TRANSCRIPT: Today Show, Tuesday 15 September 2015

commonwealthcoatofarms.png

THE HON TANYA PLIBERSEK MP
DEPUTY LEADER OF THE OPPOSITION
SHADOW MINISTER FOR FOREIGN AFFAIRS
AND INTERNATIONAL DEVELOPMENT
MEMBER FOR SYDNEY

E&OE TRANSCRIPT
TELEVISION INTERVIEW
TODAY SHOW
TUESDAY, 15 SEPTEMBER 2015

SUBJECTS: Liberal leadership. 

LISA WILKINSON, PRESENTER: We’re joined by Deputy Leader of the Opposition, Tanya Plibersek. Good morning to you.

TANYA PLIBERSEK, DEPUTY LEADER OF THE OPPOSITION: Hi Lisa.

WILKINSON: You’re reaction this morning?

PLIBERSEK: Well, we’ve beat Malcolm Turnbull once, we can beat him again. And I think it’s very important to acknowledge that Bill Shorten has seen off Tony Abbott, he has seen off one Liberal leader and he will see off the next one.

WILKINSON: Did Bill Shorten see him off or was it his own party that saw Tony Abbott off?

PLIBERSEK: The reason that the Liberal party moved against Tony Abbott was because the Labor Opposition have held this Government to account. It has been two years of bad government. Two years of cuts to health, cuts to education, cuts to pensions, and no direction for the country. Unemployment going up, taxes going up, debt and deficit going up. The only thing that is going down is confidence. So we have, I think successfully, prosecuted that with the Australian people. It made Tony Abbott’s position untenable, and Malcolm Turnbull swooped. And he’s been planning this for some time, Lisa.

WILKINSON: The Labor Party has to be very careful about being smug though, we have lived through the Rudd/Gillard/Rudd years and that had plenty of broken promises as well.

PLIBERSEK: Well I can tell you there were plenty of Liberals during our leadership instability, including Julie Bishop, including Malcolm Turnbull, talking about how dreadful it was to see that sort of instability. And it’s true, it is actually really bad for the country. They’ve gone there themselves within two years. It’s extraordinary.

WILKINSON: What do you think the Australian public’s reaction is to all of this?

PLIBERSEK: Well I think they will very quickly see Malcolm Turnbull for what he is, which is a man who is very ambitious, but he’s ambitious for himself. He is not ambitious for our country. He is a man who has been behind the scenes, incredibly indiscreet. He’s been talking to anyone who will listen about how he is going to be Prime Minister again. He’s indiscreet and he’s absolutely about himself, not about our country. He sat around the same Cabinet table as Julie Bishop and Tony Abbott, he’s been part of all of these same decisions. The only thing that he had actual responsibility for, the NBN, has been a disaster. It’s doubled in cost, it’s slower, it’s old technology, so I don’t know that Malcolm Turnbull’s got such a lot to point to, to differentiate himself from Tony Abbott.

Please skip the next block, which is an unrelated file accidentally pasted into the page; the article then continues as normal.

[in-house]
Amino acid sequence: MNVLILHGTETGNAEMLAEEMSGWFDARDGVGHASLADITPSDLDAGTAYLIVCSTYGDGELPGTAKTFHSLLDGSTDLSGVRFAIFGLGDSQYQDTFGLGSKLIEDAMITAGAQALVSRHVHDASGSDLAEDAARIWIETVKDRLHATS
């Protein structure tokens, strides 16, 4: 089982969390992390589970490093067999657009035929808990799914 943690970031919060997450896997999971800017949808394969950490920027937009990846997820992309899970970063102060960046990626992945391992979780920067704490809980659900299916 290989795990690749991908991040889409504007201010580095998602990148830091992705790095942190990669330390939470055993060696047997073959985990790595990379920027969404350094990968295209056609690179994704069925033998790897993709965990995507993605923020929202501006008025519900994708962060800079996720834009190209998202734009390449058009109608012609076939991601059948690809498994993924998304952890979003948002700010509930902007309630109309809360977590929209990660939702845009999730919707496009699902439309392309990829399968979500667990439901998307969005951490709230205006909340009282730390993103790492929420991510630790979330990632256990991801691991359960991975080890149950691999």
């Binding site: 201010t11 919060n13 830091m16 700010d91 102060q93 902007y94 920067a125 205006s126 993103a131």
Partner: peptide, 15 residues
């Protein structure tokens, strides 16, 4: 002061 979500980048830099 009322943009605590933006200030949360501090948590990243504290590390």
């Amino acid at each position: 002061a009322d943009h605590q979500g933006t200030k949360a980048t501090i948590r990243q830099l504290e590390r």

WILKINSON: It’s no secret that Bill Shorten would have preferred to be going to the next election against Tony Abbott, he’s got a bigger fight on his hands against Malcolm Turnbull.

PLIBERSEK: I don’t think so. I mean, you look at the sort of things that Jeff Kennett has been saying, that Andrew Bolt has been saying. These are died in the wool Liberals, Liberals through and through and they are saying Malcolm Turnbull is only about Malcolm Turnbull. He is not about our country, and I think if you see, not just Liberal supporters but people who are Liberal in every cell of their being, saying that they can’t vote for Malcolm Turnbull, I think that’s a real problem. And you think, Malcolm Turnbull is said to appeal to the middle ground, but all of the issues that he talked about as appealing to the middle ground, he’s given up on those. He used to talk about climate change, he said about this Government’s policy that it was a fig leaf to cover up inaction on climate change. Well he’s adopted that policy. He said a few weeks ago that he wanted a vote on marriage equality in this term of Parliament, he’s adopted Prime Minister Abbott’s proposition that it should be a $150 million dollar vote, sometime off in the never never. He has sold out all of the things that made him appeal to the middle ground. But he doesn’t have the support of the conservatives in the Liberal party either.

WILKINSON: Alright okay, Tanya Plibersek we will have to leave it there. Thanks very much for your time.

PLIBERSEK: Thank you Lisa.

ENDS